Tuesday, 20 October 2009

Sex Workers and Statistics


I thought I'd draw your attention to the excellent article that's been published in The Guardian by Nick Davies. The link is below :

http://www.guardian.co.uk/uk/2009/oct/20/trafficking-numbers-women-exaggerated

In the article he seeks to examine the "tide of misinformation" that there is around trafficking in the UK. The first major hurdle is in the interpretation of the word "trafficking". Because the word can apply to sex workers moving across borders quite willingly to seek better paid employment, there is no doubt this colours the "figures", such as they are.

But what is really shocking is the way those "figures" have been plucked from obscurity and paraded by politicians and press seeking to satisfy their own agenda.

"Fiona Mactaggart, a former Home Office minister, in January 2008 outstripped MacShane's estimates, telling the House of Commons that she regarded all women prostitutes as the victims of trafficking, since their route into sex work "almost always involves coercion, enforced addiction to drugs and violence from their pimps or traffickers." There is no known research into UK prostitution which supports this claim.

In November 2008, Mactaggart repeated a version of the same claim when she told BBC Radio 4's Today in Parliament that "something like 80% of women in prostitution are controlled by their drug dealer, their pimp, or their trafficker." Again, there is no known source for this."


That level of ignorance around the realities of trafficking is simply staggering.
The part I really liked was the acknowledgement at the end of his article that we as working women have been voicing our concerns and have been completely ignored :

"However, the key point is that on the sidelines of a debate which has been dominated by ideology, a chorus of alarm from the prostitutes themselves is singing out virtually unheard. In the cause of protecting "thousands" of victims of trafficking, Harriet Harman, the deputy Labour leader and minister for women and equality, has led the parliamentary campaign for a law to penalise men who pay for sex with women who are "controlled for gain" even if the men do so in genuine ignorance.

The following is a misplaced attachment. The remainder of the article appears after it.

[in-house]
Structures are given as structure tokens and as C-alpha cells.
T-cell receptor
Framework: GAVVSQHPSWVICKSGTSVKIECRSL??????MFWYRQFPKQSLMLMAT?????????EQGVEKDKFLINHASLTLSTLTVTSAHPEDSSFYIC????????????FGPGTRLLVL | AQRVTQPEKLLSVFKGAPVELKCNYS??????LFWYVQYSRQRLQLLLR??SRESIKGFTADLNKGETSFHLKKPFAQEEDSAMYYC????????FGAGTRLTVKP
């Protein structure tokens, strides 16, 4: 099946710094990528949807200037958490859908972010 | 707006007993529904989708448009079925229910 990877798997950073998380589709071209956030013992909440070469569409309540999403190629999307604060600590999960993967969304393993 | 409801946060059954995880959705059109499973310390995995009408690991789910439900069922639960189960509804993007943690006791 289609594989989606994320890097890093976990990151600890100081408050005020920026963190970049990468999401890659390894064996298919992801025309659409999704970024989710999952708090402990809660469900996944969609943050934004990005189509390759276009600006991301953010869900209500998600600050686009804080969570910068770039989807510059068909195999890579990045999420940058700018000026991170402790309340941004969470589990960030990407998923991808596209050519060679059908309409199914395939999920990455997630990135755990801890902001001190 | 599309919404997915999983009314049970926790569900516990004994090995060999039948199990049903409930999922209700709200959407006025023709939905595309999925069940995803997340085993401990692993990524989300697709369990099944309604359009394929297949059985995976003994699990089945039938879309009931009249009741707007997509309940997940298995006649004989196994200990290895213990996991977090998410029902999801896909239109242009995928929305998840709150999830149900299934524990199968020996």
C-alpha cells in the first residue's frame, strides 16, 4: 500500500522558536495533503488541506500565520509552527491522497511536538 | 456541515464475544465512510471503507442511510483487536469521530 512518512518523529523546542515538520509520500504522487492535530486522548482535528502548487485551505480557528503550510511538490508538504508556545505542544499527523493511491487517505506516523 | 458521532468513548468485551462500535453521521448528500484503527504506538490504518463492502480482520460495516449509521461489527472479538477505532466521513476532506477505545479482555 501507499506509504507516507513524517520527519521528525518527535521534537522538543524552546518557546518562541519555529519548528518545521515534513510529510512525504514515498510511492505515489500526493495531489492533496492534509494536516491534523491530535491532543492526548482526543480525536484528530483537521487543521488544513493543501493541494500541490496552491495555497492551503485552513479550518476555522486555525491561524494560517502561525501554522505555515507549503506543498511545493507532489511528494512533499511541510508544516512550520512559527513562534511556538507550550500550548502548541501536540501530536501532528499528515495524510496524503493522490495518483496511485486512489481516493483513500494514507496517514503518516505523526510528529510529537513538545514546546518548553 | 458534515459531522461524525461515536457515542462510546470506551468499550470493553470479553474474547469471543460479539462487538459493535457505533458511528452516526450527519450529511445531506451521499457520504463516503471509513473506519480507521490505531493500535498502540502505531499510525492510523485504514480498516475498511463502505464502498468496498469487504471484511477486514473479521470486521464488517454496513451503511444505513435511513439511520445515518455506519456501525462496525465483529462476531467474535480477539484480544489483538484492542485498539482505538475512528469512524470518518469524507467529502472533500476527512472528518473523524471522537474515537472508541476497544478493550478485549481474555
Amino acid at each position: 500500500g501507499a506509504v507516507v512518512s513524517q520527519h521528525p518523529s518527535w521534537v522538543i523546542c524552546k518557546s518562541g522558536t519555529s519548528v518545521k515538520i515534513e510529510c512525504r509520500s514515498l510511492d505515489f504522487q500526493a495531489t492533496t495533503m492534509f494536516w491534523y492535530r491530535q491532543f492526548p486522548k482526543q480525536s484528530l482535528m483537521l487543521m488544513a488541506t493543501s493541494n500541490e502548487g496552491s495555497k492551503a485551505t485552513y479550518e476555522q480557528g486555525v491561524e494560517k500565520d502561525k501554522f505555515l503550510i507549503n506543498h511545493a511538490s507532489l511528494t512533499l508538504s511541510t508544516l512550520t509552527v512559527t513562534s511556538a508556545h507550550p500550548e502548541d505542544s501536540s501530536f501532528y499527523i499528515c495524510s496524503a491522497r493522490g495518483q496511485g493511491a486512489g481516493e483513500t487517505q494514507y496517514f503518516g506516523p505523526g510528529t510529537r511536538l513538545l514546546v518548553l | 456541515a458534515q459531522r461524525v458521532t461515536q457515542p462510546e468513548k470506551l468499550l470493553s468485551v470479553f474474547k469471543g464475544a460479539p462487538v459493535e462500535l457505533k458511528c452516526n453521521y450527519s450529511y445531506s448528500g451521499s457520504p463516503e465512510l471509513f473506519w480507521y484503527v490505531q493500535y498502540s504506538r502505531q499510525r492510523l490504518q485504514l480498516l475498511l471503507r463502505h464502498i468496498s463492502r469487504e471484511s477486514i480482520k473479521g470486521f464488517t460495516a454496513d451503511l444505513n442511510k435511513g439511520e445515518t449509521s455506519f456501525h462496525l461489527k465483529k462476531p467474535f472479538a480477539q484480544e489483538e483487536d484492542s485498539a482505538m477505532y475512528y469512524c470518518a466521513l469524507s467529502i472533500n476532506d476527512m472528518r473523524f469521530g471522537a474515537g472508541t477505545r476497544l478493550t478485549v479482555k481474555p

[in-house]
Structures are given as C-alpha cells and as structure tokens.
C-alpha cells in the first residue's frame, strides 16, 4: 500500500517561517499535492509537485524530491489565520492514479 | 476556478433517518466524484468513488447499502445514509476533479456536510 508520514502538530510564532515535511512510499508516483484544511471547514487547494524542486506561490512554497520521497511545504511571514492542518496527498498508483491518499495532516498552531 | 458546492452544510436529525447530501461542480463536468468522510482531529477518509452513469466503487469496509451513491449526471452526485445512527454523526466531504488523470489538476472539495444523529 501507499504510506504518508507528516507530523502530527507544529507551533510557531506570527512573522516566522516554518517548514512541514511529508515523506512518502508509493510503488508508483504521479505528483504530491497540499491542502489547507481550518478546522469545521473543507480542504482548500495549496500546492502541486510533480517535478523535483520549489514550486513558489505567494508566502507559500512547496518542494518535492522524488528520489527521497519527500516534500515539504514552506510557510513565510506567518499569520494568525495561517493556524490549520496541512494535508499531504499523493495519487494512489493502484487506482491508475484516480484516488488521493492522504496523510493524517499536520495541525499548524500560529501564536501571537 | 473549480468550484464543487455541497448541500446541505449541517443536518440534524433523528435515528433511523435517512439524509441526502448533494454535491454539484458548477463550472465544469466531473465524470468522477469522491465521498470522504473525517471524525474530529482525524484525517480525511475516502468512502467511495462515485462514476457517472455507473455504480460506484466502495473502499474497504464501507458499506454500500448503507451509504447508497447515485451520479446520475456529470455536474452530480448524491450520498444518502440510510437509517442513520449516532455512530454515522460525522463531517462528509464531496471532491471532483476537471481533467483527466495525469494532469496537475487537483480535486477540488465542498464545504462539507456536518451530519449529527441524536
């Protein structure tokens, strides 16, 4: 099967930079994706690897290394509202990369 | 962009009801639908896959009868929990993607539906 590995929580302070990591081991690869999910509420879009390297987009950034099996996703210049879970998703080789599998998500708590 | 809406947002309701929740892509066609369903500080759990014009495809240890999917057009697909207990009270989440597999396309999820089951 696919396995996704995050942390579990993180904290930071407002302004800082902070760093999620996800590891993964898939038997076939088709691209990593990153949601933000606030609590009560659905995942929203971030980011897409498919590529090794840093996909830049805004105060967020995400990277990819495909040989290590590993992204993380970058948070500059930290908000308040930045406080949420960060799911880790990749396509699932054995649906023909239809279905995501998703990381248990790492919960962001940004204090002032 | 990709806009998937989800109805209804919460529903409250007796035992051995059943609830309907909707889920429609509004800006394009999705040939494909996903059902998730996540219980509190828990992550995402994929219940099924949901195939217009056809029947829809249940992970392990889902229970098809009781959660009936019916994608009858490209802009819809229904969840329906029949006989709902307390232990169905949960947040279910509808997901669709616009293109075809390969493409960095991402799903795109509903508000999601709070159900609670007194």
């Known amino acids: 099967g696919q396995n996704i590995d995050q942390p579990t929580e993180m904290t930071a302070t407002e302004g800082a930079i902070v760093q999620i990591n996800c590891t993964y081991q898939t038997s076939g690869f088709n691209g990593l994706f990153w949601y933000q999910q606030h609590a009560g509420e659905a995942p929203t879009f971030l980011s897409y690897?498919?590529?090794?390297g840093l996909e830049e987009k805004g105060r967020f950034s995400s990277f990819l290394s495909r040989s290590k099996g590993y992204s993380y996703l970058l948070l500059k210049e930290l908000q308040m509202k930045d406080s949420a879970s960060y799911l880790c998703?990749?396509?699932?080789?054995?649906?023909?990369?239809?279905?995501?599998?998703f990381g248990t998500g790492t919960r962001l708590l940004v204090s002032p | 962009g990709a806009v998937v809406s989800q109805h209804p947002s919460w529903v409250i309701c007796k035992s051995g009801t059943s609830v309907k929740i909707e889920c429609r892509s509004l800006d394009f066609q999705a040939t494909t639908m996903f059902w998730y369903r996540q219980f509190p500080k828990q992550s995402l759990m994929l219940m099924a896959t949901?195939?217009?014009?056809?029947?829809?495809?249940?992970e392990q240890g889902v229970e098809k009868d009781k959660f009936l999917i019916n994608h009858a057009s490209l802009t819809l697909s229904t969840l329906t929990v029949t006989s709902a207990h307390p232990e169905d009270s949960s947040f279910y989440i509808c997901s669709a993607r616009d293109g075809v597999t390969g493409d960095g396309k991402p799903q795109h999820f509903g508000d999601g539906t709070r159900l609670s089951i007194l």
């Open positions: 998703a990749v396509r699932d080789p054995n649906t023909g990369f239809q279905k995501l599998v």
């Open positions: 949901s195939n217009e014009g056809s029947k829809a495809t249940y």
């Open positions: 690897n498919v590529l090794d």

Repeatedly, prostitutes groups have argued that the proposal is as wrong as the trafficking estimates on which it is based, and that it will aggravate every form of jeopardy which they face in their work, whether by encouraging them to work alone in an attempt to show that they are free of control or by pressurising them to have sex without condoms to hold on to worried customers. Thus far, their voices remain largely ignored by news media and politicians who, once more, have been swept away on a tide of misinformation."


Isn't it time that they realised the methods ( such as they are ) that they are using to collect their information are deeply flawed, as is their whole approach to prostitution ? As a result of their efforts are more traffickers being caught and sentenced ? No. Is it enhancing the political stance of the politicians involved ? No, because in continuing to get it wrong time and time again, how much confidence can the man in the street have in their abilities as potential leaders ?

Since The Guardian is the home of Ms Bindel, it will be interesting to see her response. No doubt she'll inform Mr Davies that he is the head of a pimp's charter. It suits the likes of Bindel and Harman to claim that the only reason we shout about the "statistics" is because we don't want them to pass any prohibitory laws. To a certain extent that's correct, but not for the reasons they would have you believe.

We as long standing members of the escort community really do care for the welfare of our fellow sex workers and wish to see every measure in place to protect them. I would suggest that if they want to collate accurate information about the level of trafficking that occurs then they should leave everything exactly as it is, because the evidence is right under their noses. The ads are there in The Daily Sport for all to see, and can be investigated together with all of the other forms of advertising such as the internet, cards in phone boxes etc.

If they push the laws through, then the industry will be driven underground and it will be so much harder to reach the women who so desperately need help. In real terms, the traffickers will just need to more inventive in their sourcing of clients.

Some day, ( and hopefully before I retire ) common sense will prevail over sensationalism.

LL x

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